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Medieval Medicine Is Back: Maggot Therapy And Surgical Leeches On The Rise

An ancient set of medical practices have seen a renaissance in modern times.

Russell is a Science Writer with IFLScience and has a PhD in the History of Science, Medicine and Technology

Dr. Russell Moul

Russell is a Science Writer with IFLScience and has a PhD in the History of Science, Medicine and Technology

Dr. Russell Moul

Science Writer

Russell is a Science Writer with IFLScience and has a PhD in the History of Science, Medicine and Technology.

Science Writer

A number of maggots move on a black background.

Maggot therapy and leech treatments have seen a significant comeback due to antibiotic-resistant infections. Image Credit: yamaoyaji/

It may be a difficult pill to swallow, but the use of maggots and leeches in medicine is making a comeback. These practices, which are often thought to be consigned to the medical methods of yesteryear, are now being used in the fight against antibiotic-resistant infections and in the treatment of various other conditions. 

The history of creepy cures

The use of maggots in medicine has a long history. The earliest recorded use of these wriggling larvae dates back to the ancient Egyptians who used them to treat abscesses. There is also evidence that various ancient cultures relied on them during the last 1,000 years, such as the aboriginal Ngemba tribe of New South Wales, the Hill tribes of Myanmar, and the Maya people of Central America. Anthropologists have found that the Maya would soak dressings in cattle blood and expose them to the Sun before applying them to certain wounds. They would then wait to see if the dressings wriggled with maggots. 


This method of treatment became more widespread during the 18th and 19th centuries when war surgeons observed that wounds contaminated with maggots appeared to recover faster. Then, during the First World War, the orthopedic surgeon William Baer was the first to apply them systematically to non-healing wounds. This led to a sudden fashion of relying on maggots in wound treatment, but the practice more or less disappeared after the 1940s, presumably because of the arrival of effective antibiotics. 

The use of leeches in medicine has an equally ancient lineage. In the Egyptian medical text known as the Ebers Papyrus (c. 1550 BCE), leeches are mentioned in the treatment of various conditions. During the medieval period, these parasites were often used in conjunction with bloodletting practices, as the purging of blood was believed to remove harmful fluids from the body, according to Hippocratic medicine.

An illustration of a woman applying leeches to her arm, while a glass vessel containing other leaches sits on a table next to her.
The practice of applying leeches to purify blood is an old one, dating back to ancient times. Image Credit: Bossche, Guillaume van den via Wikimedia Commons (Public Domain)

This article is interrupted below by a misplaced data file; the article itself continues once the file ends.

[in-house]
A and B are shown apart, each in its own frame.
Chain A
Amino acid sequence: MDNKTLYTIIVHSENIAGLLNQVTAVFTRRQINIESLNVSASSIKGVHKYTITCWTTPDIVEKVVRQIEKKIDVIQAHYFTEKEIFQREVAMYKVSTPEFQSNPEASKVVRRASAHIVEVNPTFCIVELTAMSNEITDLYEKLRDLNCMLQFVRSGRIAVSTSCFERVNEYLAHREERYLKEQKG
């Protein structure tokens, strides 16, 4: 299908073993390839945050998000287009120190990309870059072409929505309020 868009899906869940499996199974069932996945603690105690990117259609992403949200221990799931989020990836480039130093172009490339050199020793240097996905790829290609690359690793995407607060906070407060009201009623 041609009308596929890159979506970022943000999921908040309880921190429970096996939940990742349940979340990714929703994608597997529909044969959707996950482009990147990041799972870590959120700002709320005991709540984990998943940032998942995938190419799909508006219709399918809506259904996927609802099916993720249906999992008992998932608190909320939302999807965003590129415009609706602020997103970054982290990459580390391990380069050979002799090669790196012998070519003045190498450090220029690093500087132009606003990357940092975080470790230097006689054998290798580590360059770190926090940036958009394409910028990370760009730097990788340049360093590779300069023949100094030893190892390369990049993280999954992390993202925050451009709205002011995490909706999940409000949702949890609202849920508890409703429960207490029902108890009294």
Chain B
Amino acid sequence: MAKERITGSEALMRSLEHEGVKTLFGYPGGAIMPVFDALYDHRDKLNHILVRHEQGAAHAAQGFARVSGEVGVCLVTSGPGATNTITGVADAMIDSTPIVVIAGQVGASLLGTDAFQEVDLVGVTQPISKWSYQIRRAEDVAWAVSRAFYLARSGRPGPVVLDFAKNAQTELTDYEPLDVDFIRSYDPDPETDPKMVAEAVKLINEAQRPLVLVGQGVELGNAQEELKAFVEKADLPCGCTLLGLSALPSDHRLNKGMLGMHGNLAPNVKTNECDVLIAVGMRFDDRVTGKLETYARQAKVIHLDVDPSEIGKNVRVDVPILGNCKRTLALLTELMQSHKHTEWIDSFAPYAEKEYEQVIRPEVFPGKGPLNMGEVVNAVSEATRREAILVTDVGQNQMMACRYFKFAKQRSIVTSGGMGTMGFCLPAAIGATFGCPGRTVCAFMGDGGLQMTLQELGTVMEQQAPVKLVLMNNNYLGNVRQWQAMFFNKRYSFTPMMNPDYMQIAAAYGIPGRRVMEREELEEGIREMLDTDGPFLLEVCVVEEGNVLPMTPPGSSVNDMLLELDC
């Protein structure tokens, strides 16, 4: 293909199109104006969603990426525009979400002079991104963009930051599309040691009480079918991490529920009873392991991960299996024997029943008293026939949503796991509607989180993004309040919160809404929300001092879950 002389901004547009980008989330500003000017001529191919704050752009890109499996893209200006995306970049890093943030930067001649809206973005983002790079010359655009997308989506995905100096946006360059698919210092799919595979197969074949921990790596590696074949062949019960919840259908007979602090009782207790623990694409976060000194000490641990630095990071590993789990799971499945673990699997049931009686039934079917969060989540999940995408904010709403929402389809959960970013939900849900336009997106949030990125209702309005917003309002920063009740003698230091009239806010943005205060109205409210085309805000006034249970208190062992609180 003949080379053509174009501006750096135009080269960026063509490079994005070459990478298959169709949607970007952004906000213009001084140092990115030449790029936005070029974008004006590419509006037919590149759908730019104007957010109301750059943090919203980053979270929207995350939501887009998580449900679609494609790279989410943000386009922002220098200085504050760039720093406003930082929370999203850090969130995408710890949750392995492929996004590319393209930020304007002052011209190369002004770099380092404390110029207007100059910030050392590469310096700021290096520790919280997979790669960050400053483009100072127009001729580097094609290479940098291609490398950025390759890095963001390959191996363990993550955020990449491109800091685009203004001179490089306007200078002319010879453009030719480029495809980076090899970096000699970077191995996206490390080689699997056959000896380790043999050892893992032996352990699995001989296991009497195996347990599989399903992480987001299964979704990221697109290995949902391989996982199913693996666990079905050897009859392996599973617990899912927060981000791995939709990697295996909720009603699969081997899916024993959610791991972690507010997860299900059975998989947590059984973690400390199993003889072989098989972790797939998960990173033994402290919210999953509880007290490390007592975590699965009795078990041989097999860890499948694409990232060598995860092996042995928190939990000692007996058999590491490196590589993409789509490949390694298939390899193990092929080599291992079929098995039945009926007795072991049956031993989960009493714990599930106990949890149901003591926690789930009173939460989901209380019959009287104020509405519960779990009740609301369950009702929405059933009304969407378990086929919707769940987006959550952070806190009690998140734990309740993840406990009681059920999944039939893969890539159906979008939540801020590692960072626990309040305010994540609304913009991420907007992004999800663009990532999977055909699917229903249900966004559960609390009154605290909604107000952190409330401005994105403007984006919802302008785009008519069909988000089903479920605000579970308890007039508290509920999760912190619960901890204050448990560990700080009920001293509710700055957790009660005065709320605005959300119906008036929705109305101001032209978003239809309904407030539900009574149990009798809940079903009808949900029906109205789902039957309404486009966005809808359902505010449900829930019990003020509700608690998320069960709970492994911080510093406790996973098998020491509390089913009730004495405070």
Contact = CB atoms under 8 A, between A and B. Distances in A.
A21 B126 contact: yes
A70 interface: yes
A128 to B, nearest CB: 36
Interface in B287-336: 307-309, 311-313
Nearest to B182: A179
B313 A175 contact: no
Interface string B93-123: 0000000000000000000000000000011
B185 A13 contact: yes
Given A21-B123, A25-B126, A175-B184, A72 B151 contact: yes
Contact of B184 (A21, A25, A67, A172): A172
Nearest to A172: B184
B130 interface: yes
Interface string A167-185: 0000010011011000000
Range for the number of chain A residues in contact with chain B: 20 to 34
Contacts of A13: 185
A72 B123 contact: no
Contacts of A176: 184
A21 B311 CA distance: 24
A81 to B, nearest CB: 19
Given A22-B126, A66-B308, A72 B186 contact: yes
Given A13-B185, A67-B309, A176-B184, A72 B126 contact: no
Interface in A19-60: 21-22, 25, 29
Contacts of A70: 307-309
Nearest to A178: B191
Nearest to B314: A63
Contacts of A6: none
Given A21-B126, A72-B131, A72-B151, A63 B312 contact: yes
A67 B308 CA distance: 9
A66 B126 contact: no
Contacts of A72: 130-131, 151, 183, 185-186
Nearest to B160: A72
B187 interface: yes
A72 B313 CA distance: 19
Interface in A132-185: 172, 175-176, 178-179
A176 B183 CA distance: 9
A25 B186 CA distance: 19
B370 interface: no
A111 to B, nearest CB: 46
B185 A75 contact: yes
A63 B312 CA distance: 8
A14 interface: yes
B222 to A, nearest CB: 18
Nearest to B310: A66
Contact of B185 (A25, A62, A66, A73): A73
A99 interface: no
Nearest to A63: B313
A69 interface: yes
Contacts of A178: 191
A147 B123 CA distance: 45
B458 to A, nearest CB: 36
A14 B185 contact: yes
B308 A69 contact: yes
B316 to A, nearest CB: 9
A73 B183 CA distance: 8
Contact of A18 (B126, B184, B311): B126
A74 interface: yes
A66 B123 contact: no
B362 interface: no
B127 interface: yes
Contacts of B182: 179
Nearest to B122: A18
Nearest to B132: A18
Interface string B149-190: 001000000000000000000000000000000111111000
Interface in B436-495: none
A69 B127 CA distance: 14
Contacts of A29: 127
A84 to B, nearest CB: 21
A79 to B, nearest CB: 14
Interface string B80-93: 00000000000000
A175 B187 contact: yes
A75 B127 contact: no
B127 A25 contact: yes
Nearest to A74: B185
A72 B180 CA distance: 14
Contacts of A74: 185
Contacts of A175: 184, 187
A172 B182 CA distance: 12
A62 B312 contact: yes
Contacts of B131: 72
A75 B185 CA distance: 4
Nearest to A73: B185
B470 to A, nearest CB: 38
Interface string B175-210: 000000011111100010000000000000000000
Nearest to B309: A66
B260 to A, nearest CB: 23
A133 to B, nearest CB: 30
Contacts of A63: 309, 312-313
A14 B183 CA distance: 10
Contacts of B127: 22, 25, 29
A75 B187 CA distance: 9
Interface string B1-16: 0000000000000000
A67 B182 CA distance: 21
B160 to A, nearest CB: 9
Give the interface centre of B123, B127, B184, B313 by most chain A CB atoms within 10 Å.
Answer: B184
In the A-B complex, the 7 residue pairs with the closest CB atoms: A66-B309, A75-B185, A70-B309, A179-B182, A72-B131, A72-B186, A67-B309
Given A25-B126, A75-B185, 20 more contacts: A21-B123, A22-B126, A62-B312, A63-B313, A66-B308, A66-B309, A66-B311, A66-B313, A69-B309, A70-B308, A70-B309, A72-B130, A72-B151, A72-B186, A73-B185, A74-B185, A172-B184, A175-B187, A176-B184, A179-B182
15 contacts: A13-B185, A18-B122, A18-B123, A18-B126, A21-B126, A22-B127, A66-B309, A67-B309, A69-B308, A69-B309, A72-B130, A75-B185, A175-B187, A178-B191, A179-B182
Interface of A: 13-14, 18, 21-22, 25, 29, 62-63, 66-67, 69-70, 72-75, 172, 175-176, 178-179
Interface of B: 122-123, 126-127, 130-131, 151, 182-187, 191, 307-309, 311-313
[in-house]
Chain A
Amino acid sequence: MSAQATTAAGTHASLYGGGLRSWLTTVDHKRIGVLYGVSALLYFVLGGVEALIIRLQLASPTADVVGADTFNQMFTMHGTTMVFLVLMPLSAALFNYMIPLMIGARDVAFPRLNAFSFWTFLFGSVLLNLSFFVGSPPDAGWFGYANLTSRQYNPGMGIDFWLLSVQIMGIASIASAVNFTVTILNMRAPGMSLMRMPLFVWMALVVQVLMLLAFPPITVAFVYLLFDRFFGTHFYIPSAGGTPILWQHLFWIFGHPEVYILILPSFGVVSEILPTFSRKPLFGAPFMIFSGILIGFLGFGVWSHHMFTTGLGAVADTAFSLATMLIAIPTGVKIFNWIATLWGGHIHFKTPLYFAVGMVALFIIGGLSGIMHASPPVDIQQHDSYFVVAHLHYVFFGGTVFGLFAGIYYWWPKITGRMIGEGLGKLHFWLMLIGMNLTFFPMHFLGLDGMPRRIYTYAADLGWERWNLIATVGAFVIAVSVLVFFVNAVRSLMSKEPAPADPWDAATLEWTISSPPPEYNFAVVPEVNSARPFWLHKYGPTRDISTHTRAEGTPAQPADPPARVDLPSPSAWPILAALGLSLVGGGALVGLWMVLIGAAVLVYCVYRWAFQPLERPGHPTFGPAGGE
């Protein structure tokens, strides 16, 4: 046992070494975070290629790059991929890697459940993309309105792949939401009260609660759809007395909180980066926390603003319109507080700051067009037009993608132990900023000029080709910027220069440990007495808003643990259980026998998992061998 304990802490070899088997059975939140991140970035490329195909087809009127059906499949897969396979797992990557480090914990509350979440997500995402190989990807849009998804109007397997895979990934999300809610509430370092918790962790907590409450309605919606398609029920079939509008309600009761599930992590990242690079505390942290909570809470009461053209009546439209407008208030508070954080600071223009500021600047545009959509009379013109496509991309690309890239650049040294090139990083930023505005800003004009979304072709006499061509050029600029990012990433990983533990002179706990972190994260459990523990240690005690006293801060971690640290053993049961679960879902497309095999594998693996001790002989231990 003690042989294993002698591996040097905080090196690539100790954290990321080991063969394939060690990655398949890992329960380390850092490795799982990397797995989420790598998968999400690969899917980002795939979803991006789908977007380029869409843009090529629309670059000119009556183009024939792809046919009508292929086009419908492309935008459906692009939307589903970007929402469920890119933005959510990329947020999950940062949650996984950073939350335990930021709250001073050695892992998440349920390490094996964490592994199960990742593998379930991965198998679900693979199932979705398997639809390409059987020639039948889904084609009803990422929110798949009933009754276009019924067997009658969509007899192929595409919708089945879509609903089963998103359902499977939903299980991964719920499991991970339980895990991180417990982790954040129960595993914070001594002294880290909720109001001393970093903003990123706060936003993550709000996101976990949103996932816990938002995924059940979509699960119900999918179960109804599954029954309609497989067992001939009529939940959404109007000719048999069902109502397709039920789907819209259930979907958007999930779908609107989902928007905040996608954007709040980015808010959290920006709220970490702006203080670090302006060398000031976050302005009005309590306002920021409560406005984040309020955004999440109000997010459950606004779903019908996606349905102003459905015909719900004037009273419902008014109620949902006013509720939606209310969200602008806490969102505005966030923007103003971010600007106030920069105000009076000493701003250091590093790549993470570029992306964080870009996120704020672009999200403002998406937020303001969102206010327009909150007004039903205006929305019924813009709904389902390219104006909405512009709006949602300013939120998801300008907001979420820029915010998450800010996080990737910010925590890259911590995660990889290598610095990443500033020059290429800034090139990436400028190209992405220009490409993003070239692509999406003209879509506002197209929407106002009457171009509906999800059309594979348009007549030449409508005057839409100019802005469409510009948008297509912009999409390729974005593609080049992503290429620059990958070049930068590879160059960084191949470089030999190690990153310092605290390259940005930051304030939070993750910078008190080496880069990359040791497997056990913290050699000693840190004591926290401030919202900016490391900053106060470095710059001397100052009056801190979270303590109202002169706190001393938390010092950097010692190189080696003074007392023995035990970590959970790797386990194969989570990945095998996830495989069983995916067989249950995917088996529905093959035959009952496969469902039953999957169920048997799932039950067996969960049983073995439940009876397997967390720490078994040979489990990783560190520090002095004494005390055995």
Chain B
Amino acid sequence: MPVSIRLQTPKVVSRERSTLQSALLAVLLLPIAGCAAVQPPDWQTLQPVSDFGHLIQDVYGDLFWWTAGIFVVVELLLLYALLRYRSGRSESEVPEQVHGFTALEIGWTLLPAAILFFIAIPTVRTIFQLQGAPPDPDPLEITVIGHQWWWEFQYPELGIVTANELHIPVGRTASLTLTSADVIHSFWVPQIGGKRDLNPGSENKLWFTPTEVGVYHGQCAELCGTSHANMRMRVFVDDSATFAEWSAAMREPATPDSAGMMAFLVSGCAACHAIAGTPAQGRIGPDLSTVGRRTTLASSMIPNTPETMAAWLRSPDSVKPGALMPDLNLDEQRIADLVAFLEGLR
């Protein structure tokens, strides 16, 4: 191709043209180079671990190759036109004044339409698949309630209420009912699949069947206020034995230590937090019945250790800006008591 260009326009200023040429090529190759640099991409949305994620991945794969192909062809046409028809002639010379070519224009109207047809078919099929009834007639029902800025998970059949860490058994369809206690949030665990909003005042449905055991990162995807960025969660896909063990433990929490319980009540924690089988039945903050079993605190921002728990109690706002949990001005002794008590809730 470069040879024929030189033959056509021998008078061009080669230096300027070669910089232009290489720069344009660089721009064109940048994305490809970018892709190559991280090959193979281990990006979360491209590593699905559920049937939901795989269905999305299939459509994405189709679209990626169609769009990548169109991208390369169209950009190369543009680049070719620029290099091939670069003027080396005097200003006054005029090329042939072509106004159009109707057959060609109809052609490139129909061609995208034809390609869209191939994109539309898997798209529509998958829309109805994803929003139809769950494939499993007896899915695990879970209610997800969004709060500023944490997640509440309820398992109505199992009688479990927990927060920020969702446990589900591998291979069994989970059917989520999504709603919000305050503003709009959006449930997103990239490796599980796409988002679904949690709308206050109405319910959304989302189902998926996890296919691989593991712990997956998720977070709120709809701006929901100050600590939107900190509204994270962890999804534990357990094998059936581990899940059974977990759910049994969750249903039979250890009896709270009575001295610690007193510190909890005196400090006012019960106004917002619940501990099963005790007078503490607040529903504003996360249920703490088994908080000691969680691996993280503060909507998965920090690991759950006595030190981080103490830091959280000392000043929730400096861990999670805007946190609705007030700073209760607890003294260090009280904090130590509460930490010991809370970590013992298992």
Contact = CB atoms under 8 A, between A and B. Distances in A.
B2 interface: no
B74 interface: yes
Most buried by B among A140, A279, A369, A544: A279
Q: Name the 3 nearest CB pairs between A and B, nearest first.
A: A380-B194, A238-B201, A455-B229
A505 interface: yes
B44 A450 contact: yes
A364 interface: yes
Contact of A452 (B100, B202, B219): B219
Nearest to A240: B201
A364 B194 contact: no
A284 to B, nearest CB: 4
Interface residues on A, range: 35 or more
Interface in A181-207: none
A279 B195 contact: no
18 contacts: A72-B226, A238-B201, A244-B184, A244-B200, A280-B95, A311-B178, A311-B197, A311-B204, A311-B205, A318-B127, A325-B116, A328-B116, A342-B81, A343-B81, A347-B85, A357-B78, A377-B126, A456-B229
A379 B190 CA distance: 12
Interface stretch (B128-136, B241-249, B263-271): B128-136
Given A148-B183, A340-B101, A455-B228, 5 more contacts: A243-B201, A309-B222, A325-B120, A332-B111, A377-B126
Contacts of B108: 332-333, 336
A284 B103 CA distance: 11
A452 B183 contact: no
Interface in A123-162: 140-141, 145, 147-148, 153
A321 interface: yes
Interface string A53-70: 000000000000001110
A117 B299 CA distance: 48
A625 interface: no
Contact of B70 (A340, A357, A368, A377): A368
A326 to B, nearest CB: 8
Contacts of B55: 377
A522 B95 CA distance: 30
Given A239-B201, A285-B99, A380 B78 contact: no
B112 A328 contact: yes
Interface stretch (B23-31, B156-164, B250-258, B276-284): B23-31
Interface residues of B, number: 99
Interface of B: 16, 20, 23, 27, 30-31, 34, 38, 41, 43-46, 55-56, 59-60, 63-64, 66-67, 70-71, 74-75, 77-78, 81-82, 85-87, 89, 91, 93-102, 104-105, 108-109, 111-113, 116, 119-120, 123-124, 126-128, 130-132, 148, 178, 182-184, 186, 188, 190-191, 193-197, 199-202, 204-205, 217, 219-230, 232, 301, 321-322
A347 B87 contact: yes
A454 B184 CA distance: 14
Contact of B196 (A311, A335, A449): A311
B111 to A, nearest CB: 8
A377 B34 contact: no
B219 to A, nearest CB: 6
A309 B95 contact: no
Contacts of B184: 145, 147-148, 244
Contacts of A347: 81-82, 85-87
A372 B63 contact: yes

An old practice made new

With the growth of new superbugs – bacteria, viruses, parasites, and fungi that are resistant to most antibiotics and other medications – some doctors have turned to these old treatments for their efficacy, safety, and simplicity. It may be a bit disgusting to think about, but once you get around that fact, it appears these methods may be as brilliant as they are gross. 

Maggot therapy, sometimes referred to as debridement therapy or biosurgery, is an increasingly popular method for treating necrotic wounds. As maggots only eat dead tissue, they are a cost-effective and non-invasive method that not only cleans wounds quickly but also seems to speed up the healing process. In fact, it has been estimated that between 2007 and 2019, the number of NHS patients in the UK treated with maggots increased by 47 percent.


There is even a company dedicated to producing these crawling cleaners. BioMonde has a sterile maggot-production factory in Wales, UK, and is currently the only provider of medical maggots to the NHS. The factory houses about 24,000 flies, which produce maggots that are shipped in aseptic polyester nets known as BioBags, which are designed with the individual patient’s needs in mind. At present, BioMonde ships about 9,000 bags to UK healthcare providers each year.

Equally, leech therapy, also known as hirudotherapy, has continued to be practiced into the present day. Leeches are used in fields including microsurgery, plastic and reconstructive surgery, dermatology, and in the treatment of cardiovascular disease. 

Once a leech latches onto a host, its blood-sucking action helps increase blood circulation and flow, which can speed up the healing process. They also produce a series of helpful chemical compounds that serve as a local anesthetic, anticoagulant, and antibiotic that kills harmful bacteria. 

As with the maggots, there is a farm another farm in Wales that produces leeches for the NHS and other healthcare providers. BioPharm is a 211-year-old company that has seen the demand for its medical leeches grow over the last 20 years. During the 1990s, they may have produced a few hundred leeches a year, but now they supply 60,000 of the critters each year. 


Leech therapy can last anywhere between 10 minutes to an hour. Once the leech has gorged on blood, they naturally drop off their host. They are then disposed of in BioPharm’s purpose-made disposal kit, called Nos Da, “goodnight” in Welsh.  

Patients who have been treated with maggots and leeches have shown a range of reactions to them, but it seems that, once you’re over the more grim aspects of this treatment, the benefits outweigh the discomfort. So while it may be unpleasant to think about, it seems our brave medical future will likely continue to benefit from the presence of these old friends. 

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